# 11.18: Common Reducing Agents

A good reducing agent must be able to donate electrons readily, meaning it must not have a high electronegativity. Among the elements, low electronegativity is characteristic of good reducing agents. Molecules and ions which contain relatively electropositive elements which have low oxidation numbers are also good reducing agents. Bear these general rules in mind as we examine examples of common reducing agents in the following paragraphs.

#### Reducing Agents

###### Metals

All metals have low ionization energies and are relatively electropositive, and so they lose electrons fairly easily. Therefore, most metals are good reducing agents. Metals on the left of the periodic table exhibit this property to the greatest extent, and some of them, such as Li or Na, can even reduce H2O:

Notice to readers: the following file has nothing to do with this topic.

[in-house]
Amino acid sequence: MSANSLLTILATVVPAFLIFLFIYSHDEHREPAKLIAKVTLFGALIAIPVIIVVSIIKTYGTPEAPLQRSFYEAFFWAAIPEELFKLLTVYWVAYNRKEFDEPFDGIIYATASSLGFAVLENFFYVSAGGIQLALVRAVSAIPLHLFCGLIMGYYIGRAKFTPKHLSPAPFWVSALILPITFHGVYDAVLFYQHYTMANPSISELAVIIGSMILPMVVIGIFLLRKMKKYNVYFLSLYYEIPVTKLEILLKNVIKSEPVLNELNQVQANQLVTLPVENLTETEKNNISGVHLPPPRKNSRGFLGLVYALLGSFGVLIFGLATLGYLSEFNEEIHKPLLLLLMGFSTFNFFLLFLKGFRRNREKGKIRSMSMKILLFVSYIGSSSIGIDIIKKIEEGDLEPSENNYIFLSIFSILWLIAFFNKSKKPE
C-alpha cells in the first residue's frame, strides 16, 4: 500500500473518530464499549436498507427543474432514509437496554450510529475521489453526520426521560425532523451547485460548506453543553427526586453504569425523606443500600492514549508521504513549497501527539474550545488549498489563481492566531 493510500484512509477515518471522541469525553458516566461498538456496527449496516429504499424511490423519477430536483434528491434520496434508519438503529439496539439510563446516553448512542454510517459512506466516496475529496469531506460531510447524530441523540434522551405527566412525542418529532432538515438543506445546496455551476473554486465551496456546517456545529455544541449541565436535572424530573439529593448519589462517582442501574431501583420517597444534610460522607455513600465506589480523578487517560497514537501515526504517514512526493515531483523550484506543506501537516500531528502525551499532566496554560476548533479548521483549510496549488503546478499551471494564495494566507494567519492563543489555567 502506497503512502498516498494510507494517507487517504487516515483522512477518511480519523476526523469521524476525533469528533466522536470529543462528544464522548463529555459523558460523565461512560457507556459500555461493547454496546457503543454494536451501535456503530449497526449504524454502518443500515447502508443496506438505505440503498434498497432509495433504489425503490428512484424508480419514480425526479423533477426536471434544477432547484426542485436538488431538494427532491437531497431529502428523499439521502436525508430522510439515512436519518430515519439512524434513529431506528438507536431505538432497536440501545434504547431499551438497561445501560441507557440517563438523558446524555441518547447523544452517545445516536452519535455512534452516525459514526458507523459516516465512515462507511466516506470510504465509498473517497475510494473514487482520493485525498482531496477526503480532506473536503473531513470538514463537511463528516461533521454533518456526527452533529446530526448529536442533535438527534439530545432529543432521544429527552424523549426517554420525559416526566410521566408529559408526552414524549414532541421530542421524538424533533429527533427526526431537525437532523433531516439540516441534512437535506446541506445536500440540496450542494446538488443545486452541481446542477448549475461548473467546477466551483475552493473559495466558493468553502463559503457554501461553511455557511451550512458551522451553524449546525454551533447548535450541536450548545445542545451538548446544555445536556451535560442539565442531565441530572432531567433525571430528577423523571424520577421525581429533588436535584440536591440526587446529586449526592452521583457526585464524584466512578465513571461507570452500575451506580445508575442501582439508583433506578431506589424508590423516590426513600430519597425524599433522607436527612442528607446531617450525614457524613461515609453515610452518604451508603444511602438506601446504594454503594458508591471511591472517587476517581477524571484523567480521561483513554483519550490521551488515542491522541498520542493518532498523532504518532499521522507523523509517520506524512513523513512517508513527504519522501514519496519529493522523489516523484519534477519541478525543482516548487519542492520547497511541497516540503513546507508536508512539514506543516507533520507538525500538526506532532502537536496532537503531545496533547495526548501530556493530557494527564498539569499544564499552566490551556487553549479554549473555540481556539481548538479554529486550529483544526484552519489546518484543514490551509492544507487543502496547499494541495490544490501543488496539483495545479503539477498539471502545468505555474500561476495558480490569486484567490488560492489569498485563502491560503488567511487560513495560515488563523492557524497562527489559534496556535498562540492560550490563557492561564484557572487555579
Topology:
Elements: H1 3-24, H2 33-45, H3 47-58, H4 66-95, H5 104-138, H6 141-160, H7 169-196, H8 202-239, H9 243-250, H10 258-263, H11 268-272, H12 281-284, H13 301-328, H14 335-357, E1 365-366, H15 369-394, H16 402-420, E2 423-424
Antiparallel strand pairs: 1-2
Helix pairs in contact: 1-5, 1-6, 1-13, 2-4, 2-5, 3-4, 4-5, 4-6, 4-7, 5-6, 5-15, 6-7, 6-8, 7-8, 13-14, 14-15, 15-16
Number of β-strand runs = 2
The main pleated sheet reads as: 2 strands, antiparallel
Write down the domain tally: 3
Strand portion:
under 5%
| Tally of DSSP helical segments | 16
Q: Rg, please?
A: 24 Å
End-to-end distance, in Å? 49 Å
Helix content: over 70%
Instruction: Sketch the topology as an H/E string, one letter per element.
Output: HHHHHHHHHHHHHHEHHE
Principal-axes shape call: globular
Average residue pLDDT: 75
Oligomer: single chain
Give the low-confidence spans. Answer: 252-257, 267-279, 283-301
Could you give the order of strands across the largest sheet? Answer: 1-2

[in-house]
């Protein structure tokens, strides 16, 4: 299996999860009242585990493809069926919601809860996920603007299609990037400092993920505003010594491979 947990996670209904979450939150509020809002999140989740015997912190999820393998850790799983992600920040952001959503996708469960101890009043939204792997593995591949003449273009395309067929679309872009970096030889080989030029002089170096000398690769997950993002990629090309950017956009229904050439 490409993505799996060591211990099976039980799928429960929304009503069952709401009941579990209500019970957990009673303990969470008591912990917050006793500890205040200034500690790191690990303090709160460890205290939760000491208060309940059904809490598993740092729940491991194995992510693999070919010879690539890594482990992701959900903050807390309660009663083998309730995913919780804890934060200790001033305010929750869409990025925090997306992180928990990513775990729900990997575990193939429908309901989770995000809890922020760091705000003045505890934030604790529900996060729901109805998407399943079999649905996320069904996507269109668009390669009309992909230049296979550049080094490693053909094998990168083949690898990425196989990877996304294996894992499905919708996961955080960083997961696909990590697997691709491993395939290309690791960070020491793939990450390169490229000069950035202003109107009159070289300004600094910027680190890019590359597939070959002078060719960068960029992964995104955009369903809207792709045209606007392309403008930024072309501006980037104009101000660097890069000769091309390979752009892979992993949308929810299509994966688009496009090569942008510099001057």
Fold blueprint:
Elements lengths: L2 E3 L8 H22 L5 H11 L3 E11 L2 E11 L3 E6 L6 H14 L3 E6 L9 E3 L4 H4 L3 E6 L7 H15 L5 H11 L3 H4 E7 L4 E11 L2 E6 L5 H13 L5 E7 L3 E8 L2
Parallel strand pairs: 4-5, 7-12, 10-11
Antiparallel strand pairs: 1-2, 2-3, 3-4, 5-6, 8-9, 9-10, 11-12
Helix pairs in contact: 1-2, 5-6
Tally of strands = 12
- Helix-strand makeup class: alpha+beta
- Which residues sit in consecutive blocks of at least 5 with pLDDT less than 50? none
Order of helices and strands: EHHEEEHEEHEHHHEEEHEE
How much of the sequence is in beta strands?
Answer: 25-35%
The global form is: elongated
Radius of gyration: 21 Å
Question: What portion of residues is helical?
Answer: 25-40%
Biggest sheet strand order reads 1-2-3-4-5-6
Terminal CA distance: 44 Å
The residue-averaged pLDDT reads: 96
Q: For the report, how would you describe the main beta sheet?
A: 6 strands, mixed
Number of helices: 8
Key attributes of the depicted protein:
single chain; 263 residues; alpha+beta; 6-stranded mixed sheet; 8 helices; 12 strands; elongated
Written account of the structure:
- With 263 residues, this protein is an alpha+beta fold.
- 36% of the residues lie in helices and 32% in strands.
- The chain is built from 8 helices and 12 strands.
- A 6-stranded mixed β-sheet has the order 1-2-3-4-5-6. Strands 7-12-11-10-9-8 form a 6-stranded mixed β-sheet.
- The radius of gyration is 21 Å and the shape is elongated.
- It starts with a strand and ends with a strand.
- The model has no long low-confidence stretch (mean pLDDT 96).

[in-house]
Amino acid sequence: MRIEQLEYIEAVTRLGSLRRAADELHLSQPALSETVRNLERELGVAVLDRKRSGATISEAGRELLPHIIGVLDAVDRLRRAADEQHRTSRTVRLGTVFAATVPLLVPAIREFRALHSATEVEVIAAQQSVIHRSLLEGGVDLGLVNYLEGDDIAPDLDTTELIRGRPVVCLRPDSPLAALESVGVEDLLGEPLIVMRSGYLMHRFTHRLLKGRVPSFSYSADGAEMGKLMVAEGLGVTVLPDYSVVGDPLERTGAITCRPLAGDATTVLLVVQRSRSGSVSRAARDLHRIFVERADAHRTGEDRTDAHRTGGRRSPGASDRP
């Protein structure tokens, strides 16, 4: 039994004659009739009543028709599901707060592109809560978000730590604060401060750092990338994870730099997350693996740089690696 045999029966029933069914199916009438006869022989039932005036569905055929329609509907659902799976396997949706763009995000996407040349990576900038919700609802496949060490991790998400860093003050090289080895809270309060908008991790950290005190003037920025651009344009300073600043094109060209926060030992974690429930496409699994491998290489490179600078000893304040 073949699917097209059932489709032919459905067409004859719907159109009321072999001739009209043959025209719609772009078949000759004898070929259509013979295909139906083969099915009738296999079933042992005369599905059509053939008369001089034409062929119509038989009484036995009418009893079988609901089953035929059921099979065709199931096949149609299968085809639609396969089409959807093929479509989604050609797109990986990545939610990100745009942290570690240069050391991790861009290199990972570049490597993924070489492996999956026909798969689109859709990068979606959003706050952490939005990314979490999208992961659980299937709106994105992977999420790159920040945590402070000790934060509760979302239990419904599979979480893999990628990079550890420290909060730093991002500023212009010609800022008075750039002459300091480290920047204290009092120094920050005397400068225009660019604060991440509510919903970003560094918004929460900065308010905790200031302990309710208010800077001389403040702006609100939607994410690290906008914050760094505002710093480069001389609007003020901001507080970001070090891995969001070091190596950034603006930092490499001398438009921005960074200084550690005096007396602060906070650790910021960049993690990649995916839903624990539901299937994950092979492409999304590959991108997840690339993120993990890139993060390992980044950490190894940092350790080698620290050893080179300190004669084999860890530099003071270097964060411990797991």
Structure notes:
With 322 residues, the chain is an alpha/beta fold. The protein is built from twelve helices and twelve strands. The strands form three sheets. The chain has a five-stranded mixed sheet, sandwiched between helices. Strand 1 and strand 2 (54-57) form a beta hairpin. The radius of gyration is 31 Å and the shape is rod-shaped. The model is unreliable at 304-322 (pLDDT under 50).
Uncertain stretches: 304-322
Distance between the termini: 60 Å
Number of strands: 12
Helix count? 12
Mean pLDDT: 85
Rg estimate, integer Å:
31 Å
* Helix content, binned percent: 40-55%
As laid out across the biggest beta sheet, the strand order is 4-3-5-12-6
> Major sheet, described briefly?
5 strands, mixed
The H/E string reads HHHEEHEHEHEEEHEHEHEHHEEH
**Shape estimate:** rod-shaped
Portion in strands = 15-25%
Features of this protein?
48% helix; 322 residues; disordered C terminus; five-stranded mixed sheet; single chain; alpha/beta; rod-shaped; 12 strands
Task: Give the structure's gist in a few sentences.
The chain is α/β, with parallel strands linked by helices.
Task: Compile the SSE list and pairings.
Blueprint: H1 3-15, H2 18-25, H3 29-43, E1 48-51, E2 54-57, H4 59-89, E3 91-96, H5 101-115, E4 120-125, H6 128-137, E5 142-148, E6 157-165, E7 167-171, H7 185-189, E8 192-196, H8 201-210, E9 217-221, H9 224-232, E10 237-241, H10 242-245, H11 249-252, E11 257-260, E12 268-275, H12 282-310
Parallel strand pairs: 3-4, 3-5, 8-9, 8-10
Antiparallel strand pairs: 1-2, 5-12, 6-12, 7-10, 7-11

$\ce{2Li(s) + 2H2O(l) -> 2Li^+(aq) + 2OH^{–}(aq) + H2(g)}$

Skip to the 1 minute mark to get directly to the reaction.

Other metals, such as Fe or Zn, cannot reduce H2O but can reduce hydronium ions, and so they dissolve in acid solution:

$\ce{Zn(s) + 2H3O^+(aq) -> Zn^{2+}(aq) + 2H2O(l) + H2(g)}$

This is one of the characteristic reactions of acids. There are a few metals that will not dissolve in just any acid but instead require an acid like HNO3 whose anion is a good oxidizing agent. Cu and Hg are examples:

$\ce{3Hg(s) + 8 H3O^+(aq) + 2NO3^{–}(aq) -> 3Hg^{2+}(aq) + NO(g) + 12H2O}$

Finally, a few metals, such as Au and Pt, are such poor reducing agents that even an oxidizing acid like HNO3 will not dissolve them. This is the origin of the phrase “the acid test.” If a sample of an unknown yellow metal can be dissolved in acid, then the metal is not gold. Kings who collected tax payments in gold kept a supply of HNO3 available to make sure they were not being cheated.